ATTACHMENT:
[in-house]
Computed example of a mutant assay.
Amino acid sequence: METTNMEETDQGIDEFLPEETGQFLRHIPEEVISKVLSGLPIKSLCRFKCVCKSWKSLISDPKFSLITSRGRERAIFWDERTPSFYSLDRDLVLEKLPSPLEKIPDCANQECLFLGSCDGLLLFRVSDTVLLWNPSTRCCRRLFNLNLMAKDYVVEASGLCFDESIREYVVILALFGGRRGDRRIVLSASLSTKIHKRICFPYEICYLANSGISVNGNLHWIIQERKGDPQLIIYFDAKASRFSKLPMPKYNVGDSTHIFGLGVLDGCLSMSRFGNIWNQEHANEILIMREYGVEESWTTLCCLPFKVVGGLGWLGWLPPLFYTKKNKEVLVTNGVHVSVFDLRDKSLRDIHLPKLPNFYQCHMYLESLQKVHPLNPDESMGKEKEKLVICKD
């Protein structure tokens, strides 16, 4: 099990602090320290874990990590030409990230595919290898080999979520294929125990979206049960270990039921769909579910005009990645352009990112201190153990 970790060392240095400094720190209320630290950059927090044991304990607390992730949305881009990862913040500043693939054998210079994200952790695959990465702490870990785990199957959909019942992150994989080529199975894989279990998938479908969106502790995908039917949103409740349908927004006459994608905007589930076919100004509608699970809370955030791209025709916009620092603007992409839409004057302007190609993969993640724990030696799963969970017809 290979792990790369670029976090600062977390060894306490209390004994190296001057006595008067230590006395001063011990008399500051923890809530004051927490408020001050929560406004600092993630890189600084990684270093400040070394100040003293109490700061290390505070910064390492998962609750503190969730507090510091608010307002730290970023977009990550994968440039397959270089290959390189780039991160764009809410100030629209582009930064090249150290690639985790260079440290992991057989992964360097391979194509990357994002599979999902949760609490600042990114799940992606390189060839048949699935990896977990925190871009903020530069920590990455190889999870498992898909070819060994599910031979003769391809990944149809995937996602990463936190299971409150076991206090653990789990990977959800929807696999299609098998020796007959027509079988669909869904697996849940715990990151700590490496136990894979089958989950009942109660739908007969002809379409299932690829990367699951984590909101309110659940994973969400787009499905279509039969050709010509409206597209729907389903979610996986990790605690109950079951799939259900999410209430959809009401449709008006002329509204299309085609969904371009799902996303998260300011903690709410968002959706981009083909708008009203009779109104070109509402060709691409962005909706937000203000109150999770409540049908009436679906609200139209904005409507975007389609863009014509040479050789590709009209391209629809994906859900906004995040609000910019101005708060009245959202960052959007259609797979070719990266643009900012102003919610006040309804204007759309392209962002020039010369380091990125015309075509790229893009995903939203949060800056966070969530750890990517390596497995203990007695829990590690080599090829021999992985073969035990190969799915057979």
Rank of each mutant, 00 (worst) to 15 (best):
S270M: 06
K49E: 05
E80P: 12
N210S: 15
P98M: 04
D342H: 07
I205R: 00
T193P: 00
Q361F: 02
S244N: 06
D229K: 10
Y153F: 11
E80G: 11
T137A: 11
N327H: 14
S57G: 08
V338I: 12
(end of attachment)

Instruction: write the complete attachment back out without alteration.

[in-house]
Computed example of a mutant assay.
Amino acid sequence: METTNMEETDQGIDEFLPEETGQFLRHIPEEVISKVLSGLPIKSLCRFKCVCKSWKSLISDPKFSLITSRGRERAIFWDERTPSFYSLDRDLVLEKLPSPLEKIPDCANQECLFLGSCDGLLLFRVSDTVLLWNPSTRCCRRLFNLNLMAKDYVVEASGLCFDESIREYVVILALFGGRRGDRRIVLSASLSTKIHKRICFPYEICYLANSGISVNGNLHWIIQERKGDPQLIIYFDAKASRFSKLPMPKYNVGDSTHIFGLGVLDGCLSMSRFGNIWNQEHANEILIMREYGVEESWTTLCCLPFKVVGGLGWLGWLPPLFYTKKNKEVLVTNGVHVSVFDLRDKSLRDIHLPKLPNFYQCHMYLESLQKVHPLNPDESMGKEKEKLVICKD
């Protein structure tokens, strides 16, 4: 099990602090320290874990990590030409990230595919290898080999979520294929125990979206049960270990039921769909579910005009990645352009990112201190153990 970790060392240095400094720190209320630290950059927090044991304990607390992730949305881009990862913040500043693939054998210079994200952790695959990465702490870990785990199957959909019942992150994989080529199975894989279990998938479908969106502790995908039917949103409740349908927004006459994608905007589930076919100004509608699970809370955030791209025709916009620092603007992409839409004057302007190609993969993640724990030696799963969970017809 290979792990790369670029976090600062977390060894306490209390004994190296001057006595008067230590006395001063011990008399500051923890809530004051927490408020001050929560406004600092993630890189600084990684270093400040070394100040003293109490700061290390505070910064390492998962609750503190969730507090510091608010307002730290970023977009990550994968440039397959270089290959390189780039991160764009809410100030629209582009930064090249150290690639985790260079440290992991057989992964360097391979194509990357994002599979999902949760609490600042990114799940992606390189060839048949699935990896977990925190871009903020530069920590990455190889999870498992898909070819060994599910031979003769391809990944149809995937996602990463936190299971409150076991206090653990789990990977959800929807696999299609098998020796007959027509079988669909869904697996849940715990990151700590490496136990894979089958989950009942109660739908007969002809379409299932690829990367699951984590909101309110659940994973969400787009499905279509039969050709010509409206597209729907389903979610996986990790605690109950079951799939259900999410209430959809009401449709008006002329509204299309085609969904371009799902996303998260300011903690709410968002959706981009083909708008009203009779109104070109509402060709691409962005909706937000203000109150999770409540049908009436679906609200139209904005409507975007389609863009014509040479050789590709009209391209629809994906859900906004995040609000910019101005708060009245959202960052959007259609797979070719990266643009900012102003919610006040309804204007759309392209962002020039010369380091990125015309075509790229893009995903939203949060800056966070969530750890990517390596497995203990007695829990590690080599090829021999992985073969035990190969799915057979």
Rank of each mutant, 00 (worst) to 15 (best):
S270M: 06
K49E: 05
E80P: 12
N210S: 15
P98M: 04
D342H: 07
I205R: 00
T193P: 00
Q361F: 02
S244N: 06
D229K: 10
Y153F: 11
E80G: 11
T137A: 11
N327H: 14
S57G: 08
V338I: 12